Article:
If you've been in the gala game for a while, you may know about this game. Heads and tails is a game of chance that is great for a couple reasons.
1. You will make money!
2. It is a great way to get everyone's attention before the program begins or give them a motivation to stay around until the end (depending on when you decide to play)!
What you need to play Heads & Tails
1. Someone who can flip a coin
2. A Quarter
3. Necklaces (usually Mardi Gras Beads)
How to play Heads & Tails
1. Determine A Prize
This is a good place to use a donation that has broad appeal, but may not be exclusive enough for the live auction. Things that go well are overnights at a local B&B, sports tickets, concert tickets, jewelry, popular electronics (for a while iPads or apple watches were the hot item), etc.
Or you can do a 50% cash out. This is appealing to most people. If you get 100 people to participate at $20 each, you get $1000 and the winner gets $1000. In my experience, about half the time, the winner donates their portion back to the organization. It makes them look incredibly generous while they are really only out $20. This is a win/win.
2. Sell necklaces.
Sell them for any amount. $10-$100 is common. Every necklace they purchase is a chance to play the game. Limit each person to 3 necklaces total. This is so important because it may seem that you'll raise more money if you let people buy as many as they want. You will actually lose money. There are always 2-5 people who know that statistics will be in their favor so they purchase 20+ necklaces and the game will last 30 minutes or more. At this point, you will lose the attention of the rest of your audience (and risk them actually leaving) and you will miss out on their larger donation amounts in the live auction. I will not do this game for clients unless they limit it to 3 necklaces because I want them to be successful. Please learn from my experience with this. It is so painful if you do not limit it.
3. Decide When To Play The Game
This game can be done at any part of the program, but it offers the unique ability to get everyone on their feet, energized and attentive.
While every program is a little different, usually the best time is just after everyone finished dinner and just before you move into the live auction or speaker part of the program. During a dinner, you tend to lose the attention of your guests because they've been eating and talking and enjoying themselves, and this game is a good way to get them back on their feet and paying attention.
Another good time is at the end of the event because they've paid to play and most people are willing to stay around at their chance to win.
4. Introduce the game
I usually do this for my clients, but it by no means requires a professional. A toddler could probably effectively run this game if they could resist the temptation to put the quarter in their mouth. With that being said, you should probably use an adult. Below is the general scripting I use:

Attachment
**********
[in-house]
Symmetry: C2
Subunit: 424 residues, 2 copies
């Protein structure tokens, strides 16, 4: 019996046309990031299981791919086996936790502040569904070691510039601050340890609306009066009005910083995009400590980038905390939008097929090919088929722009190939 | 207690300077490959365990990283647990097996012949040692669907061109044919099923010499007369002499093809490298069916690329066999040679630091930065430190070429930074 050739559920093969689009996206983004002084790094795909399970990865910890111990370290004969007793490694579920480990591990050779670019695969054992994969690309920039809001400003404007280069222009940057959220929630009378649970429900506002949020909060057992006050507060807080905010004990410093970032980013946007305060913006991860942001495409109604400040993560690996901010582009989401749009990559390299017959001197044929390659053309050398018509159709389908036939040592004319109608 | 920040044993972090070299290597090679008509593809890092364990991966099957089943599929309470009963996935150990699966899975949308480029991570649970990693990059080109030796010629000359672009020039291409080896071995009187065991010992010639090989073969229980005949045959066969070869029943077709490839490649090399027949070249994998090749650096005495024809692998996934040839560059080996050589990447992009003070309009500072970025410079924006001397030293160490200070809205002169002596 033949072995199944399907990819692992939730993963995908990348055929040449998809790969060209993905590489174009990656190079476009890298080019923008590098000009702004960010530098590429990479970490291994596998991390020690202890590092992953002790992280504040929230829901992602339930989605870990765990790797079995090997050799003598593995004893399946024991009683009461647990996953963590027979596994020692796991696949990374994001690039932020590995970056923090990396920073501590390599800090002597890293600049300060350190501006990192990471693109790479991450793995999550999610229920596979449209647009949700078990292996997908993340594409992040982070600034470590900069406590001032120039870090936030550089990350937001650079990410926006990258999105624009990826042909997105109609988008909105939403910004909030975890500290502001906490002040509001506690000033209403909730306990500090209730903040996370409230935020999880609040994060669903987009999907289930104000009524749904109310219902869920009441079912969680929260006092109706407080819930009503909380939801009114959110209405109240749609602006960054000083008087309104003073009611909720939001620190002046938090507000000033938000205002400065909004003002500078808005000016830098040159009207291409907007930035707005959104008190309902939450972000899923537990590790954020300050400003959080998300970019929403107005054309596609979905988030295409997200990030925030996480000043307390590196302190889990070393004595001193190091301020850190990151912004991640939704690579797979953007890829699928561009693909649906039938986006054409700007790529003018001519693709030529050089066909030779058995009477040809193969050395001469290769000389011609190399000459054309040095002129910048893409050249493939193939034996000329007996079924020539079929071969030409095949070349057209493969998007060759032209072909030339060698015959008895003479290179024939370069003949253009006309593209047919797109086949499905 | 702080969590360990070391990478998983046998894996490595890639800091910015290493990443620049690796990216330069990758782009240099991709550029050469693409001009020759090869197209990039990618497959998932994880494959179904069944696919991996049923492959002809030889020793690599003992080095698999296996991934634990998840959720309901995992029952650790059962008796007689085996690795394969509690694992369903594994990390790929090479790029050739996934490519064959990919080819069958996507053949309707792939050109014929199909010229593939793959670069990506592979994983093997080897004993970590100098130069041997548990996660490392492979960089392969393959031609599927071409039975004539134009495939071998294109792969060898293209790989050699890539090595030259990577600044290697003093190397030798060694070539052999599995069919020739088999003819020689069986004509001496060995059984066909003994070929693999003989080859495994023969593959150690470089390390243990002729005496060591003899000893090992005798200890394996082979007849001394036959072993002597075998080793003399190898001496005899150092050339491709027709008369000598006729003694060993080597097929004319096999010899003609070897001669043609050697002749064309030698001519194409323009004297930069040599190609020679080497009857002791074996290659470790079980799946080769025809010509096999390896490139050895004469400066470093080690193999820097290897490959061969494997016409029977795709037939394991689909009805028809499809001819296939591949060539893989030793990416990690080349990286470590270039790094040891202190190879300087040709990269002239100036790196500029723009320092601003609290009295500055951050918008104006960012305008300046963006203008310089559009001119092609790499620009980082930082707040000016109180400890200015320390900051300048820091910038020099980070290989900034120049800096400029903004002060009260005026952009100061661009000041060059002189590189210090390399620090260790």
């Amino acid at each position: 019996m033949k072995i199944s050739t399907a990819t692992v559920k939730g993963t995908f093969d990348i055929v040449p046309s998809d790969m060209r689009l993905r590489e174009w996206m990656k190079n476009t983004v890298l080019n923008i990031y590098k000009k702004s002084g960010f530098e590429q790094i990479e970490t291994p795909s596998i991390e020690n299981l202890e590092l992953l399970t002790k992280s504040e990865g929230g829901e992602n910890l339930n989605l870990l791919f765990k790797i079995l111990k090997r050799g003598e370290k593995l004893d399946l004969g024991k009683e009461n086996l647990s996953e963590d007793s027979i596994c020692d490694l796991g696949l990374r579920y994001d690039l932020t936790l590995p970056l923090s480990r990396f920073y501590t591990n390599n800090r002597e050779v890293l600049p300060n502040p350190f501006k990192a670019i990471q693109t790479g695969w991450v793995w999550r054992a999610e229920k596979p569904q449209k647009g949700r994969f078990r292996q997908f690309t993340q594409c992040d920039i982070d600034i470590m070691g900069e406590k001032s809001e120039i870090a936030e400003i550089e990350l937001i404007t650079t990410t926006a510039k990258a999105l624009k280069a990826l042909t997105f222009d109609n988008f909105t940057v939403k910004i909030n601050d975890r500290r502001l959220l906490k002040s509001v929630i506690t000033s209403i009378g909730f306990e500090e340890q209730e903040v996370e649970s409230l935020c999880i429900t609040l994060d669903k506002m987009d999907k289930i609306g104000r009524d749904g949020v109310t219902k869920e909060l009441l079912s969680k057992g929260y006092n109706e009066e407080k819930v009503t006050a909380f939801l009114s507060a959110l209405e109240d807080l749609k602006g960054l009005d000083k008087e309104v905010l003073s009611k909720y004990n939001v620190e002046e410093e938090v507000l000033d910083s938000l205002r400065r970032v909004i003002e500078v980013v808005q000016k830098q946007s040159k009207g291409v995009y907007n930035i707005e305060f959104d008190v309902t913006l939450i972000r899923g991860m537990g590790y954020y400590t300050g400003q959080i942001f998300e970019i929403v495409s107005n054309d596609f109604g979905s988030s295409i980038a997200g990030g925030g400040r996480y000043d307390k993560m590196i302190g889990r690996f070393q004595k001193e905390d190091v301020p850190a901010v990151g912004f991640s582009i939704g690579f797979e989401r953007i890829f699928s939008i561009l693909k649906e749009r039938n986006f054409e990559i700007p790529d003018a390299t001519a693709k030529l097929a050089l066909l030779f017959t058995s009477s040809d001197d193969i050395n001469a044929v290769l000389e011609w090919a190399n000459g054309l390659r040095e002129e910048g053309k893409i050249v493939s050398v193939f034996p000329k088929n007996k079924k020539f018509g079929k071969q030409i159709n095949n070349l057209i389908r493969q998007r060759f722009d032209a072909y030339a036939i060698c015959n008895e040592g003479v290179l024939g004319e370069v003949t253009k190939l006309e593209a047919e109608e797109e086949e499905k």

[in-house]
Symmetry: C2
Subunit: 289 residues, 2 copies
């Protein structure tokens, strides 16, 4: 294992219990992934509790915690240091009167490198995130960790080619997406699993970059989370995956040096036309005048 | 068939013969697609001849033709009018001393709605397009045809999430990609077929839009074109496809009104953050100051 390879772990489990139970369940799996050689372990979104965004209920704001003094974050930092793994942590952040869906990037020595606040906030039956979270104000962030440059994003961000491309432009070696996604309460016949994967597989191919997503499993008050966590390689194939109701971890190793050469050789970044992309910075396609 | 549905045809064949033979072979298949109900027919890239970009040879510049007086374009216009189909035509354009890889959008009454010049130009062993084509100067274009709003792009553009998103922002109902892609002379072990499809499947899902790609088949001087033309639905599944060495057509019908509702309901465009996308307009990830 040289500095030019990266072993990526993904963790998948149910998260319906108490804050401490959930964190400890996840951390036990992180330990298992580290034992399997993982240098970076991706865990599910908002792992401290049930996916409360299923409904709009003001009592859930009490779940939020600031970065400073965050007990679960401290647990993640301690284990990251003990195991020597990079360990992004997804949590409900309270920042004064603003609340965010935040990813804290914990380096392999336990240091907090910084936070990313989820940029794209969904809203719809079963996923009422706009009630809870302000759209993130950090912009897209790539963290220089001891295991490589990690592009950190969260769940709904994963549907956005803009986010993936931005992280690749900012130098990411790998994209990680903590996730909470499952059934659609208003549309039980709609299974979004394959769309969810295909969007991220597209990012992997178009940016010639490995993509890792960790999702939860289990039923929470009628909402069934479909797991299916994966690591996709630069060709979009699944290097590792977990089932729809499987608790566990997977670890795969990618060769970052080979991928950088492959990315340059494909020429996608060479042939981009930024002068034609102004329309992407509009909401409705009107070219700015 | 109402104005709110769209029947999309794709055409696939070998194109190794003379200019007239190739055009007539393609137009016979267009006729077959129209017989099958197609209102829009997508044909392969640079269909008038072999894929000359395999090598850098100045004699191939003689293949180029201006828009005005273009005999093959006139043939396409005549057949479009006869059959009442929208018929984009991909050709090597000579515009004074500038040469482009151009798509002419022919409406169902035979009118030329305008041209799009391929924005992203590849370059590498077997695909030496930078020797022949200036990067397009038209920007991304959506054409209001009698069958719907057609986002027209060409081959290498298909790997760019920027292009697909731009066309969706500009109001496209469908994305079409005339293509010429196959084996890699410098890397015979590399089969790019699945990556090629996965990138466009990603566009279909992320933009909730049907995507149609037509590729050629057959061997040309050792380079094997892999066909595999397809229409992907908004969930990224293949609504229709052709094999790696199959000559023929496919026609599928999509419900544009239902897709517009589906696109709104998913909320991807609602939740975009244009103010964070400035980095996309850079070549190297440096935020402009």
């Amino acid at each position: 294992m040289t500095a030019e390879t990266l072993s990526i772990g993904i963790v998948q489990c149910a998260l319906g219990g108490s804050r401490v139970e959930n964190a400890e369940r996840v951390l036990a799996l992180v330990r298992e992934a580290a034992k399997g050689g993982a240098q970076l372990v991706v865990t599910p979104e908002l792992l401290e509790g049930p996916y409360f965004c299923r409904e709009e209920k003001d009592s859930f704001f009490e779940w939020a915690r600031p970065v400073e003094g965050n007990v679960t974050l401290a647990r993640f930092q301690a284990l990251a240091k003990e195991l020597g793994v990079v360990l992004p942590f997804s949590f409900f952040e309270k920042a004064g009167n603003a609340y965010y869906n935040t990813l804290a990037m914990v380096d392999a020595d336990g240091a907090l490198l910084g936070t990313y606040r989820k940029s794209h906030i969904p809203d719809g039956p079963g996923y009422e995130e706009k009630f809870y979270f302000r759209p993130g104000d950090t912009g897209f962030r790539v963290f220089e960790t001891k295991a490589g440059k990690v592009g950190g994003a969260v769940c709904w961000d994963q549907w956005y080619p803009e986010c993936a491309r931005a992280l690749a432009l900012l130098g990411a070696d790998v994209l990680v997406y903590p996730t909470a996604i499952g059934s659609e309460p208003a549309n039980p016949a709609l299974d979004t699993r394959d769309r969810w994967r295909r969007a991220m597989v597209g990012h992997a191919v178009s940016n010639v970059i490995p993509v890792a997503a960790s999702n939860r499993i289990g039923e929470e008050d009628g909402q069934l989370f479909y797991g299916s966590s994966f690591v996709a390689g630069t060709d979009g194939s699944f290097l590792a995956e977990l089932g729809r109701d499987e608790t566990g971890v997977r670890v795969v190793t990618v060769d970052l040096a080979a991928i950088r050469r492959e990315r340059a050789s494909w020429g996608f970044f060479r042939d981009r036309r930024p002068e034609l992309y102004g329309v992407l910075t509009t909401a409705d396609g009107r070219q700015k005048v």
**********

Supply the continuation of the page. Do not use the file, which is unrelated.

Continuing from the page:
Ladies and gentlemen, who here purchased beads to play "Heads & Tails" tonight? That is great. Before I start, is there anyone who did not get a chance to purchase a necklace for your chance to play? Raise your hand and our volunteers will come around so you can purchase a necklace. Tonight the winner will receive a __________. Here's how you play. If you purchased, a necklace, you will stand up. Now, I am going to flip a quarter and I need you to predict whether it will fall "Heads or Tails" (hence the name of the game "Heads & Tails"). You will make your prediction public by placing your hands on your head or your hands on your tails (aka, your booty). Once I announce the results, if you were correct you will keep standing, but if you are wrong you are out and must sit down. If, however, you purchased more than 1 necklace that means you have an extra chance, so just take one necklace off and keep playing. Are you ready? Everyone with necklaces stand up!
5. Play the game
It helps to have two people running the game because it's annoyingly difficult to hold a microphone and flip a coin at the same time. You can have someone before hand or select a volunteer to flip.
As stated in the directions after a few rounds, most people will be sitting down. Once there are about 10 people standing, welcome them to the front of the stage to play so that the rest of the audience is still captivated and engaged in the game by watching.
Pretty soon, you'll be down to two players and finally a winner.
Thank everyone for playing and move right into whatever you have next.